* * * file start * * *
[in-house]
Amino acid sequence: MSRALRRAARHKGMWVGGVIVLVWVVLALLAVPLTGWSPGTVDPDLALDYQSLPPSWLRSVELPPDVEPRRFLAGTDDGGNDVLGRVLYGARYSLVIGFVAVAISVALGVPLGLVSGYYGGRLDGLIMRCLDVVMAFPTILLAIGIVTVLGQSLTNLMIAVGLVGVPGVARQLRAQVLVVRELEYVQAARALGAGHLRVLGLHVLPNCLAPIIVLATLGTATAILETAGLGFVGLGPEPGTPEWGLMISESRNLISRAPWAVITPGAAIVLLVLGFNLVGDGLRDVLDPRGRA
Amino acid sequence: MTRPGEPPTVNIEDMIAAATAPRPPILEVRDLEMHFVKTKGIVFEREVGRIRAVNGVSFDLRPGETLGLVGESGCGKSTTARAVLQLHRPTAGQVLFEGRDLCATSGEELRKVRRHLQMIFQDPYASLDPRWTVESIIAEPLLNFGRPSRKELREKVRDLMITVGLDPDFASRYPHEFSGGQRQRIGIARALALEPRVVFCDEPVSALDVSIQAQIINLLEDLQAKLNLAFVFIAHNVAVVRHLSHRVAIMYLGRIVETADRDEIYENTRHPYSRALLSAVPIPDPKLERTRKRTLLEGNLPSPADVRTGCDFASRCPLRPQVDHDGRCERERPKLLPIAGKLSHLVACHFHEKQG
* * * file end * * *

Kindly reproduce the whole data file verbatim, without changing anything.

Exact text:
[in-house]
Amino acid sequence: MSRALRRAARHKGMWVGGVIVLVWVVLALLAVPLTGWSPGTVDPDLALDYQSLPPSWLRSVELPPDVEPRRFLAGTDDGGNDVLGRVLYGARYSLVIGFVAVAISVALGVPLGLVSGYYGGRLDGLIMRCLDVVMAFPTILLAIGIVTVLGQSLTNLMIAVGLVGVPGVARQLRAQVLVVRELEYVQAARALGAGHLRVLGLHVLPNCLAPIIVLATLGTATAILETAGLGFVGLGPEPGTPEWGLMISESRNLISRAPWAVITPGAAIVLLVLGFNLVGDGLRDVLDPRGRA
Amino acid sequence: MTRPGEPPTVNIEDMIAAATAPRPPILEVRDLEMHFVKTKGIVFEREVGRIRAVNGVSFDLRPGETLGLVGESGCGKSTTARAVLQLHRPTAGQVLFEGRDLCATSGEELRKVRRHLQMIFQDPYASLDPRWTVESIIAEPLLNFGRPSRKELREKVRDLMITVGLDPDFASRYPHEFSGGQRQRIGIARALALEPRVVFCDEPVSALDVSIQAQIINLLEDLQAKLNLAFVFIAHNVAVVRHLSHRVAIMYLGRIVETADRDEIYENTRHPYSRALLSAVPIPDPKLERTRKRTLLEGNLPSPADVRTGCDFASRCPLRPQVDHDGRCERERPKLLPIAGKLSHLVACHFHEKQG